306 F2d 946 Jiron v. United States
306 F.2d 946
Larry JIRON, Appellant,
UNITED STATES of America, Appellee.
United States Court of Appeals Tenth Circuit.
July 6, 1962.
Verl C. Ritchie, Salt Lake City, Utah, for appellant.
Gerald R. Miller, Asst. U. S. Atty. (William T. Thurman, U. S. Atty., on the brief), for appellee.
Before MURRAH, Chief Judge, and BREITENSTEIN and HILL, Circuit Judges.
BREITENSTEIN, Circuit Judge.
A jury found appellant Jiron guilty of the interstate transportation of a stolen motor vehicle in violation of 18 U.S.C. § 2312 and the trial court sentenced him to 5 years imprisonment. In this appeal he argues that the court erroneously received testimony of pleas of guilty by co-defendants to the same charge and erroneously instructed the jury in regard thereto.
In July, 1961, a Chevrolet automobile was stolen in Salt Lake City, Utah. A police officer pursued and stopped the car in northern Arizona. While he was interrogating the occupants, the driver started the car and drove off. The car was shortly thereafter found abandoned. The next day Louis Garcia, Wally Torres, Jonnie Garcia and the appellant were apprehended while walking along a highway near Kayenta, Arizona. An information was filed against all four. The two Garcias and Torres pleaded guilty. At his trial, Jiron testified in his own defense and admitted traveling in the car from Utah to Arizona but denied knowledge that the car was stolen.
The three co-defendants were present at the trial and were identified by prosecution witnesses without objection. Each was called to the stand and upon direct examination said that he had pleaded guilty. Two so testified without objection. As to the third, a motion to strike the answer was made on the ground that an accomplice was not qualified to testify and the objection was overruled. The three co-defendants answered several questions relating to the offense but each refused to make any statement connecting the appellant Jiron therewith. The basis of such refusal was the claim of self-incrimination.
The court instructed the jury that:
"* * * it's immaterial that these three other boys have entered pleas of guilty and that as far as the record shows they will bear the full responsibility."
The court also instructed on accomplice testimony. The only objection to the instructions referred to a matter which is not urged on appeal and which is patently without merit.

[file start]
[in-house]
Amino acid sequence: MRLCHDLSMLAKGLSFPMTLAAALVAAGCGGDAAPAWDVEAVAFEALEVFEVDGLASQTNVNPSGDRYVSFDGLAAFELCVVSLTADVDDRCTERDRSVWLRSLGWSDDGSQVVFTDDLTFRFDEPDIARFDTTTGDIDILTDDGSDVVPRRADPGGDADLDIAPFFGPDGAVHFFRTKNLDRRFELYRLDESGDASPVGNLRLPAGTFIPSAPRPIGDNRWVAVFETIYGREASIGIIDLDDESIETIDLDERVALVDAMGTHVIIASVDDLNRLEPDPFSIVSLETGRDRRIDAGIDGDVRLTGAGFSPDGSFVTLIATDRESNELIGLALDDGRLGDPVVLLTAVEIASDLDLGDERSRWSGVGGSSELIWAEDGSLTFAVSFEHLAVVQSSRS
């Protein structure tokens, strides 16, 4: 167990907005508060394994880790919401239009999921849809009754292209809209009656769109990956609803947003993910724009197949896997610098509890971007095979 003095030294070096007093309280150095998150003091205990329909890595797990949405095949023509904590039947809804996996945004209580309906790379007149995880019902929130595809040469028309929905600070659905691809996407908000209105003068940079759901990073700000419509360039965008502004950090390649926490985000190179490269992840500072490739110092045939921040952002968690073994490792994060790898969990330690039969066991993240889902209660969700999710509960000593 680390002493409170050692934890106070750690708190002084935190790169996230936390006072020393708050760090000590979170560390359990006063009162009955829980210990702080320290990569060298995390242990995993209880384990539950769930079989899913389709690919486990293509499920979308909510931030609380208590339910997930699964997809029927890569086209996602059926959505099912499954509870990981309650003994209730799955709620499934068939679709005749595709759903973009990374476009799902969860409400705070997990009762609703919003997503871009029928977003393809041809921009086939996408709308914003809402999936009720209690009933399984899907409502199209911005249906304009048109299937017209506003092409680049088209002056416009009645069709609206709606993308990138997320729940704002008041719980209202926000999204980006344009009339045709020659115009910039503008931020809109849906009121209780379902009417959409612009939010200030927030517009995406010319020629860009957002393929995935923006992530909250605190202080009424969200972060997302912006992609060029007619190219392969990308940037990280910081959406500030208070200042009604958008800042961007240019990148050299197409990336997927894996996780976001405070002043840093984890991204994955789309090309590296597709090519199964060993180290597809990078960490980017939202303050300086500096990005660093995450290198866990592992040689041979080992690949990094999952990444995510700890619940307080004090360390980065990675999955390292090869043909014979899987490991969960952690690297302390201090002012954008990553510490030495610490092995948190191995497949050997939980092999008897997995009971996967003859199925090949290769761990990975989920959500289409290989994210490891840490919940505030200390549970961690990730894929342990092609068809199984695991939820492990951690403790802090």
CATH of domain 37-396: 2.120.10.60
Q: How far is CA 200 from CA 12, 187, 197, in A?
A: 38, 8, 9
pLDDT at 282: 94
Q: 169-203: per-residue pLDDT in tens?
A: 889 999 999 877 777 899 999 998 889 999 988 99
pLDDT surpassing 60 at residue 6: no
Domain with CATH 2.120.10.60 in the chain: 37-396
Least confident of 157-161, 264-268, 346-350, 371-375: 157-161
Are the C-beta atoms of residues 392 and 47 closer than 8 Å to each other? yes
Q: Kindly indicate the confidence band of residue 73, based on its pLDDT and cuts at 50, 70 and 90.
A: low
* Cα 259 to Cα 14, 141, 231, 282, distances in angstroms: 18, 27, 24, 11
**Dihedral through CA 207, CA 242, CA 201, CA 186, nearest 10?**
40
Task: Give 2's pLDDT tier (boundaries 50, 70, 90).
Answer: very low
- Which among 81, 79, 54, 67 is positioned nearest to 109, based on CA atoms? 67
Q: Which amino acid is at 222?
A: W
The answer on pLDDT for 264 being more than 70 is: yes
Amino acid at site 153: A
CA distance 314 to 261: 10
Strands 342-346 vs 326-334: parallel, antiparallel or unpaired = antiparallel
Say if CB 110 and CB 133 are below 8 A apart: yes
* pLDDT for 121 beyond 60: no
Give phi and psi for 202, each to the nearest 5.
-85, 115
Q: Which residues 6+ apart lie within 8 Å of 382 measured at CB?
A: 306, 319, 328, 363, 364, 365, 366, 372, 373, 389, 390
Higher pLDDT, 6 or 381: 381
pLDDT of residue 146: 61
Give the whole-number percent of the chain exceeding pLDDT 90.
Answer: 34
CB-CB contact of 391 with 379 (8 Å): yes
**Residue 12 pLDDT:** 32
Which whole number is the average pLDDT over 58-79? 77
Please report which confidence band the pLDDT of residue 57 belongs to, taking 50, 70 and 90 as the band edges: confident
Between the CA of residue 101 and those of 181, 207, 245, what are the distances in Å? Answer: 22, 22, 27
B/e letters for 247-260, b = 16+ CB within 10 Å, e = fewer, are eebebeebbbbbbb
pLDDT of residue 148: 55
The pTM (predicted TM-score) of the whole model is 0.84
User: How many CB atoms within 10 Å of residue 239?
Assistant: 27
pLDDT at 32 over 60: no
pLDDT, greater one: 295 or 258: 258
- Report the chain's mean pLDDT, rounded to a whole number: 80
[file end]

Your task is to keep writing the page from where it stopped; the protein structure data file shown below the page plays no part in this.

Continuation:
The rule in the federal courts is that it is not error, if proper cautionary instructions are given, for the jury to be informed during the trial that one or more defendants have pleaded guilty.1 This is not a case like Kirby v. United States, 174 U.S. 47, 54, 19 S.Ct. 574, 43 L.Ed. 890, where a guilty plea of another defendant was used as evidence against the defendant on trial or like Babb v. United States, 5 Cir., 218 F.2d 538, 541-542, where the court refused a proper cautionary charge. The decisions in United States v. Toner, 3 Cir., 173 F.2d 140, 142 and Trussell v. United States, 6 Cir., 278 F.2d 478, 480, do not apply because in each of them the trial court permitted the jury to take into consideration the fact of a guilty plea by a co-defendant and co-conspirator.
In Richards v. United States, 10 Cir., 193 F.2d 554, 556, certiorari denied sub nom. Krupnick v. United States, 343 U. S. 930, 72 S.Ct. 764, 96 L.Ed. 1340, we affirmed in a case where the jury was informed of a plea of guilty by a codefendant and no cautionary instruction was requested. In the case at bar there was no request and no objection to the cautionary instructions given.
United States v. Crosby, 2 Cir., 294 F. 2d 928, 948, certiorari denied sub nom. Meredith v. United States, 368 U.S. 984, 82 S.Ct. 599, 7 L.Ed.2d 523; Wood v. United States, 8 Cir., 279 F.2d 359, 362-363; Davenport v. United States, 9 Cir., 260 F.2d 591, 595-596, certiorari denied 359 U.S. 909, 79 S.Ct. 585, 3 L.Ed. 573